I love the Internet almost as much as I love music.
I got an email about the Dave Matthews Band scheduling a 25th anniversary show for May in Charlottesville, and I got it in my head that I remember them being the midweek house band at the Flood Zone in Richmond in the early 1990s.
So I did what folks do these days when they think they remember something but want to check the facts before telling everyone else: I Googled it.
The first hit was from a site called dmbalmanac.com, an incredibly detailed archive of Dave Matthews music, shows, venues, guests and the like. If you’re into geeky musician stuff, you gotta check it out. It’s the best artist info I’ve seen this side of Bob Dylan’s website. (Dylan’s site is the spiritual home of geeky musician stuff.)
Before becoming the biggest thing in rock ’n’ roll in the 1990s, the guys from Charlottesville played in Richmond on Nov. 4, 1991, about six months after playing their first gig. They were back the following May for what became a regular Wednesday night gig in Shockoe Bottom. Between then and early 1994, they played more than six dozen shows at the club.
The first night of the regular run, May 6, 1992, their 10-song set list included “Satellite” and “What Would You Say,” both of which would become hits in the years that followed.
I know that because it’s on the website; set lists for about half the shows are there.
The lists show a commitment to the original music that would make the band superstars, and they show a willingness to take chances that bar bands sometimes have to take.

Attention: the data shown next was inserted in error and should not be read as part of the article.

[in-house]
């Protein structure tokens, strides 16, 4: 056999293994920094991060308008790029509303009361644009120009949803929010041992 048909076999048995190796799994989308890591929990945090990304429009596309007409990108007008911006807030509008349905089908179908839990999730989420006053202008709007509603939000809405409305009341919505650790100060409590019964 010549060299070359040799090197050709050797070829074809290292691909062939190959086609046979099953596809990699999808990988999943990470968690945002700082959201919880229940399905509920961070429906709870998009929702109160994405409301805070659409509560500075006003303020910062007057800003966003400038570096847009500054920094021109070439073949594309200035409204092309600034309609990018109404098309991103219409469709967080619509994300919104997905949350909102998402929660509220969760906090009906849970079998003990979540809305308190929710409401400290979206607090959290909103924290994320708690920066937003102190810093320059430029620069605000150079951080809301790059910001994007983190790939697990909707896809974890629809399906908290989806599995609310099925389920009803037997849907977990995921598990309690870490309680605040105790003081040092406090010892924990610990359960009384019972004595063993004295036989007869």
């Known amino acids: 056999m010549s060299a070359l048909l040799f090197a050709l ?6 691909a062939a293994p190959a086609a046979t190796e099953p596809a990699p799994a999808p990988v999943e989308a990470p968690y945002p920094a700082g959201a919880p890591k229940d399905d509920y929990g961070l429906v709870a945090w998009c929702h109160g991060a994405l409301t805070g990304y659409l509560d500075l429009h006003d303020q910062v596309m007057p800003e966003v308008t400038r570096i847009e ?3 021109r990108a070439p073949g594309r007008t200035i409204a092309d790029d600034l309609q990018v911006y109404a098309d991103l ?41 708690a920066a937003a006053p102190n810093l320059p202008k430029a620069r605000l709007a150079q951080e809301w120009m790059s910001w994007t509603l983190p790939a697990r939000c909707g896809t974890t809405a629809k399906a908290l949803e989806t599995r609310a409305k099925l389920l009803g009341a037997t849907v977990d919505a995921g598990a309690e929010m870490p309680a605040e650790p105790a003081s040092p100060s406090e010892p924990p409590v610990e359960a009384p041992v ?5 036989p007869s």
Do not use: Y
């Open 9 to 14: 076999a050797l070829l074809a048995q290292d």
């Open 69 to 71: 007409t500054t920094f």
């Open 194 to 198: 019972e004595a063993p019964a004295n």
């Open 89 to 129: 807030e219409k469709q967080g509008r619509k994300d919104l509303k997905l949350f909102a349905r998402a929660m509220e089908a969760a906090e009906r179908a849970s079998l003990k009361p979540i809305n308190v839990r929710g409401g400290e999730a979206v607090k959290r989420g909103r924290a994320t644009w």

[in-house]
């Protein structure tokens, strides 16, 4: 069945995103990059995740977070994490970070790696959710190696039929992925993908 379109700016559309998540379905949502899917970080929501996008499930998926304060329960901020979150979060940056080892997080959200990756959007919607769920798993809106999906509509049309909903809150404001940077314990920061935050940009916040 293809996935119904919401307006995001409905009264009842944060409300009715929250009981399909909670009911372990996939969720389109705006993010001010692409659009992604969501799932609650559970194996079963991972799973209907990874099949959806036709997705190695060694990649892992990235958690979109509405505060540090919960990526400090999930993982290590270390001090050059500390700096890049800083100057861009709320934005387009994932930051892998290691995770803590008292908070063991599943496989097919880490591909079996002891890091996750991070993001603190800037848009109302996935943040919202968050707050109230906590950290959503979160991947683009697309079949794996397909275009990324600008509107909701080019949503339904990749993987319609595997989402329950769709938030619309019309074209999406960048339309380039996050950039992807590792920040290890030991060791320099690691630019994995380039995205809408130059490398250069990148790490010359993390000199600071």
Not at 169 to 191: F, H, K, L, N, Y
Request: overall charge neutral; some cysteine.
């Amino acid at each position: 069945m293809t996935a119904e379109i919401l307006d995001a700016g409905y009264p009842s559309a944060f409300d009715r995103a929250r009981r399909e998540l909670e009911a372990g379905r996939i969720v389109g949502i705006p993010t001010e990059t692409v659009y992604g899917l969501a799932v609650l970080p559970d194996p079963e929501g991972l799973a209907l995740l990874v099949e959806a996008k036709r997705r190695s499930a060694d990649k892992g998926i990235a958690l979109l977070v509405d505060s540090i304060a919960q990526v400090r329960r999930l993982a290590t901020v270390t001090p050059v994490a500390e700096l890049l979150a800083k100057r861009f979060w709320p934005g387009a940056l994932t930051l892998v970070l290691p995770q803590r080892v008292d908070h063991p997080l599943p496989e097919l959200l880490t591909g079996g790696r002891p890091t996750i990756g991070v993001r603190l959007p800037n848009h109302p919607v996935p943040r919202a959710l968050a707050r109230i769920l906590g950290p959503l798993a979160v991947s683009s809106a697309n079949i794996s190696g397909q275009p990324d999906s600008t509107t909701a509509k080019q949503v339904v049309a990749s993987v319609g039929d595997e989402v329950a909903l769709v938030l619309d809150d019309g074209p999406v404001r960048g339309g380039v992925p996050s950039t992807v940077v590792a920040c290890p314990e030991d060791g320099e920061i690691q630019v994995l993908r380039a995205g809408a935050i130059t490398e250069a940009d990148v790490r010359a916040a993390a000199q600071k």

The band “outgrew the club,” as it says on the website, but Dave Matthews and friends have never outgrown Virginia. And that’s pretty cool.
The guys from Charlottesville became some of the most recognizable music stars in the world, but they kept coming home. I looked through our photo files and found images of Matthews and other members of the band in classrooms in Charlottesville, playing music and signing autographs.
They were at Virginia Tech in September 2007, playing a benefit show with musicians John Mayer, Phil Vassar and Nas, the fall after a mass shooting on campus.
There’s even a photo from 2013 that shows Matthews hugging Hermano P. Freitas, who was sworn in as an American citizen during a July Fourth ceremony at Monticello. Now that’s a commitment to your hometown.
The band’s commitment continues May 7, when it kicks off its anniversary tour with a show at the John Paul Jones Arena. All proceeds from the show, expected to top $1 million, will go to the Bama Works Fund, which the band created in 1999 to raise money for charitable programs in the Charlottesville area.